COVID-19 and Mortgage Relief
If you’re a homeowner who is experiencing financial hardship because of the coronavirus, then you may be concerned about making your mortgage payments right now. It’s important to know that help is available. The federal government and many private loan providers and servicers have plans in place to provide assistance to those who are struggling. Here’s what you need to know if you find yourself in this position.
What mortgage relief options are available?
The Coronavirus Aid, Relief, and Economic Security (CARES) Act was created to help homeowners who have mortgages backed by the federal government. These include mortgages backed by Freddie Mac and Fannie Mae and those that are guaranteed by the FHA, VA, or USDA. This act ensures that you will not face foreclosure until May 17, 2020 unless the deadline is extended. Homeowners also have the right to request forbearance for up to 180 days, and then request an extension of another 180 days. You will be charged no fees, penalties, or interest during this time and no documentation of need is required. Though the CARES Act only applies to federally backed mortgages, many other loan providers and servicers are offering help as well.
What relief options do I qualify for?
If you don’t know who owns your mortgage, then it may be difficult to determine what relief options are available to you. To find out who owns your mortgage, call your loan servicer and ask. You can find the contact information for your loan servicer on your monthly mortgage statement or in the payment book they provide. Alternatively, you can look it up online at the MERS Servicer ID website. Find out the name, address, and phone number of who owns your loan.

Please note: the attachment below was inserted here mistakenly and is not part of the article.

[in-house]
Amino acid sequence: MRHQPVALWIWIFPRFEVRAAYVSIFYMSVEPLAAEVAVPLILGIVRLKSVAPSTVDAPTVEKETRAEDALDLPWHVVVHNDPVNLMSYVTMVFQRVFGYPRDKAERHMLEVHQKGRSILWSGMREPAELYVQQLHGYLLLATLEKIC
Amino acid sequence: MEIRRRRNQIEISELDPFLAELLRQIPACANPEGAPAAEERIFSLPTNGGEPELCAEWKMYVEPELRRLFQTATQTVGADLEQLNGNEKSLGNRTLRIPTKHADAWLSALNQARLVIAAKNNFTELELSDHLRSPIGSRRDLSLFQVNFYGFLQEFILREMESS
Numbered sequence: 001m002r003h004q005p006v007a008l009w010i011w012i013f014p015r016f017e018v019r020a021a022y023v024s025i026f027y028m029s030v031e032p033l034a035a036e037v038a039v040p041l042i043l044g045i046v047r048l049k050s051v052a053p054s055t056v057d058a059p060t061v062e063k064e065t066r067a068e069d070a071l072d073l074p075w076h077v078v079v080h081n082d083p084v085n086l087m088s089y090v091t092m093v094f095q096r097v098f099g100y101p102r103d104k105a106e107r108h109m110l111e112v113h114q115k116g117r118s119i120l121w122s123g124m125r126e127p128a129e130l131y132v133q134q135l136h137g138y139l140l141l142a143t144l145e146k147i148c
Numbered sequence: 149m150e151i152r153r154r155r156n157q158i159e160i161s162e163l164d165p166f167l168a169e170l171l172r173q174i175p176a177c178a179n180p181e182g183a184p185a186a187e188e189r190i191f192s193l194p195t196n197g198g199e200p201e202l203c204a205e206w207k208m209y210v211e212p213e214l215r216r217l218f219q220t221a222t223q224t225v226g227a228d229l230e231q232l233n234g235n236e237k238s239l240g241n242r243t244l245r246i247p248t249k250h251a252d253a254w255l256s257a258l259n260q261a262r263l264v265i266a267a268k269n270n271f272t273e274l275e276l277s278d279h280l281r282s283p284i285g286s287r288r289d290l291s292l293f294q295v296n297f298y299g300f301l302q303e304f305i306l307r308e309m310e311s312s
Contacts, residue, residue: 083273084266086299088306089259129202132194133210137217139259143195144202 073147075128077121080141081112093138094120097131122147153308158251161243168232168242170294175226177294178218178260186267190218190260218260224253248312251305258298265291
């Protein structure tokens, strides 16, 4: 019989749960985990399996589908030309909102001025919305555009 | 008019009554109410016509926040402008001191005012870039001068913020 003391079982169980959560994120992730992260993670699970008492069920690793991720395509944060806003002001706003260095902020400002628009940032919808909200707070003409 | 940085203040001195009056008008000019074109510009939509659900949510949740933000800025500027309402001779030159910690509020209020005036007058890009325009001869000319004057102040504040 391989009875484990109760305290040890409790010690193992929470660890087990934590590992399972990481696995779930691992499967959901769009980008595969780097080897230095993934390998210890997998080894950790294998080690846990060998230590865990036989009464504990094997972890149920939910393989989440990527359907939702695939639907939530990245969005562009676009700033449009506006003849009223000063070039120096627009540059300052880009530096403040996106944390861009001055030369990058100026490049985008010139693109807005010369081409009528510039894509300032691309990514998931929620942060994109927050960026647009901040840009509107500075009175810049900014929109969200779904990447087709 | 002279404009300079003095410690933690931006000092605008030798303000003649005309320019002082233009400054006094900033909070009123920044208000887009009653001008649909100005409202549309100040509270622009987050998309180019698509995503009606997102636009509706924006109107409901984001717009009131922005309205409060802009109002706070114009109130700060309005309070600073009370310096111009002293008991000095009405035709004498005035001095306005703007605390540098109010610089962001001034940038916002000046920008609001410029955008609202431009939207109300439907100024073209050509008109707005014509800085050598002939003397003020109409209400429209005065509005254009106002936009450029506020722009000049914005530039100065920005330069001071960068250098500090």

How do I request mortgage relief?
After you’ve determined who owns your loan, contact your loan servicer. Be aware that all loan servicers are experiencing high call volumes, so be prepared to wait on the line. If your loan is covered by the CARES Act, then alert the servicer that you are experiencing financial hardship as a result of the pandemic. If the federal government does not own your loan, then ask your servicer what options are available to you. This could include suspending or reducing payments, forbearance, loan modification, or waived late fees. Once you’ve determined what option best suits you, get it in writing so you know what the terms are.
What happens next?
Once you’ve secured your mortgage relief or forbearance, you should keep updated on what happens. Keep all records related to the relief and monitor your monthly mortgage statements for errors. If your mortgage payments are automatically deducted from your account, then make the necessary adjustments so you can avoid fees or other charges. Routinely check your credit report for errors and report them if you find any as they can negatively impact your credit score. You should also confirm with your servicer if your property taxes and home insurance will continue to be paid through an escrow account. If not, you will need to continue to make those payments.
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